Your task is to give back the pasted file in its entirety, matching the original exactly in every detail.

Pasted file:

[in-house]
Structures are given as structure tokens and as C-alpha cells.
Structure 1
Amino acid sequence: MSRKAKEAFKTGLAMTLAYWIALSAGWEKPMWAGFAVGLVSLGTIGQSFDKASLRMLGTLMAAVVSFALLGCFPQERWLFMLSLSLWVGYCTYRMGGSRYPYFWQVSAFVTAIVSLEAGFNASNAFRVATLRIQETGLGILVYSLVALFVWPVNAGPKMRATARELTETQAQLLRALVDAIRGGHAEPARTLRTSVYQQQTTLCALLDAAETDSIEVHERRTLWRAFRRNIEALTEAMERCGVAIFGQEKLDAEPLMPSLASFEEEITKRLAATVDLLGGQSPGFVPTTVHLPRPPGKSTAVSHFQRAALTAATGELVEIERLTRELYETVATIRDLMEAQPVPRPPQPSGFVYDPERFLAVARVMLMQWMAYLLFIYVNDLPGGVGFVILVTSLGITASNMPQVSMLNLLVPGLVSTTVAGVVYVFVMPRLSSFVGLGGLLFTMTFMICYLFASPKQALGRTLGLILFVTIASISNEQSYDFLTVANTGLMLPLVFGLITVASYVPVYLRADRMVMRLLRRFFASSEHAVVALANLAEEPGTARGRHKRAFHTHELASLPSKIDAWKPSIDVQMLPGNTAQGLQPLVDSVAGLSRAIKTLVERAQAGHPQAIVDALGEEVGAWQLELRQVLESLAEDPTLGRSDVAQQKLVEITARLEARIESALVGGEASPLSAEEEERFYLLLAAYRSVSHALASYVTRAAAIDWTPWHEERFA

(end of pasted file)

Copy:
[in-house]
Structures are given as structure tokens and as C-alpha cells.
Structure 1
Amino acid sequence: MSRKAKEAFKTGLAMTLAYWIALSAGWEKPMWAGFAVGLVSLGTIGQSFDKASLRMLGTLMAAVVSFALLGCFPQERWLFMLSLSLWVGYCTYRMGGSRYPYFWQVSAFVTAIVSLEAGFNASNAFRVATLRIQETGLGILVYSLVALFVWPVNAGPKMRATARELTETQAQLLRALVDAIRGGHAEPARTLRTSVYQQQTTLCALLDAAETDSIEVHERRTLWRAFRRNIEALTEAMERCGVAIFGQEKLDAEPLMPSLASFEEEITKRLAATVDLLGGQSPGFVPTTVHLPRPPGKSTAVSHFQRAALTAATGELVEIERLTRELYETVATIRDLMEAQPVPRPPQPSGFVYDPERFLAVARVMLMQWMAYLLFIYVNDLPGGVGFVILVTSLGITASNMPQVSMLNLLVPGLVSTTVAGVVYVFVMPRLSSFVGLGGLLFTMTFMICYLFASPKQALGRTLGLILFVTIASISNEQSYDFLTVANTGLMLPLVFGLITVASYVPVYLRADRMVMRLLRRFFASSEHAVVALANLAEEPGTARGRHKRAFHTHELASLPSKIDAWKPSIDVQMLPGNTAQGLQPLVDSVAGLSRAIKTLVERAQAGHPQAIVDALGEEVGAWQLELRQVLESLAEDPTLGRSDVAQQKLVEITARLEARIESALVGGEASPLSAEEEERFYLLLAAYRSVSHALASYVTRAAAIDWTPWHEERFA